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Van Fraassen's Unappreciated Realism

Published online by Cambridge University Press:  01 January 2022

Abstract

What is not often noted about Bas van Fraassen's distinctive approach to the scientific realism issue is that constructive empiricism, as he defines it, seems to involve a distinctively realist stance in regard to large parts of natural science. This apparent defection from the ranks of his more uncompromisingly anti-realist colleagues raises many questions. Is he really leaning to realism here? If he is, why is this not more widely noted? And, more important, if he is, is he entitled to this shyly realist concession? Does his many-pronged attack on what he sees as the main arguments in support of realism leave him with the wherewithal?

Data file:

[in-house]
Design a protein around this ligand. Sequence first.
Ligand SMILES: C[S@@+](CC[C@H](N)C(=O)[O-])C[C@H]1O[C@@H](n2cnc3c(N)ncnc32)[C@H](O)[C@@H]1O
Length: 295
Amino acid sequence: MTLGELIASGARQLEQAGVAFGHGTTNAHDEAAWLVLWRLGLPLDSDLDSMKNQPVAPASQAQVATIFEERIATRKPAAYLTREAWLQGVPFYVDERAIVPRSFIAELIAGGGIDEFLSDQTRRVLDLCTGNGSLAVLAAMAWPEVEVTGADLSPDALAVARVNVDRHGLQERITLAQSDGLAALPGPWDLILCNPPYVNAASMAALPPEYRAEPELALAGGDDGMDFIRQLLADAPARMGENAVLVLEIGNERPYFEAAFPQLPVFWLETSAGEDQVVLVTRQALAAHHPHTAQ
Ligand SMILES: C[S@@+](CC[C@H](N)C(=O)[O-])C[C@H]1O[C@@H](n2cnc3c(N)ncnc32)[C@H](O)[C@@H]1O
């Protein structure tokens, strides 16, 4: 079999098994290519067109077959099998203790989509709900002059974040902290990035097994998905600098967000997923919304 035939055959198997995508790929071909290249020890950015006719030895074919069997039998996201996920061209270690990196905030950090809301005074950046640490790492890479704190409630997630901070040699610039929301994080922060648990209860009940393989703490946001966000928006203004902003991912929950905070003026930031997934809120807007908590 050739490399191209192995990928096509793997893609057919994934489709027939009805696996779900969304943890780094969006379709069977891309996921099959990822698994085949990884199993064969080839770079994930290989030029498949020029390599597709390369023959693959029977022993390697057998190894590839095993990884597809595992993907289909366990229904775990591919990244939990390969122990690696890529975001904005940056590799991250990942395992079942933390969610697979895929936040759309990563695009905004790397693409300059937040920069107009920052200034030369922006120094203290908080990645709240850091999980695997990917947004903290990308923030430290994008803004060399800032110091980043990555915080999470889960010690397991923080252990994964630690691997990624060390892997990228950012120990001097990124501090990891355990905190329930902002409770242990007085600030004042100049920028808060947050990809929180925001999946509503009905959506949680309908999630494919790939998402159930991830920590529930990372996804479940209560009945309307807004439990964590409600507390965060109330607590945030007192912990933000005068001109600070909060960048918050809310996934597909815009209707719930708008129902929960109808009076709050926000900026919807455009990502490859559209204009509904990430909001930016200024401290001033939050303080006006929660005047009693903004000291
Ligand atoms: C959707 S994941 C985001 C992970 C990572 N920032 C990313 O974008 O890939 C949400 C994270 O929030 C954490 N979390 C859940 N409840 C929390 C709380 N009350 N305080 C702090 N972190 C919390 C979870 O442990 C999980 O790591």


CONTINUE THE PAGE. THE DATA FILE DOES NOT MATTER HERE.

Type
Research Article
Copyright
Copyright © The Philosophy of Science Association

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Footnotes

This paper recalls one of the issues debated between Ernan McMullin and Bas van Fraassen on two earlier occasions: first, during the course of the annual Cardinal Mercier Lectures at the Catholic University of Leuven (Belgium) given by Ernan McMullin, and then during the annual Cuming Lectures at University College Dublin which took the form of an extended discussion between McMullin and van Fraassen on the more general theme: “Realism and anti-realism in the philosophy of science.” The author wishes to express his gratitude to his hosts on both those occasions: Professor Carlos Steel (Higher Institute of Philosophy, Leuven), and Professor Dermot Moran (Dublin).

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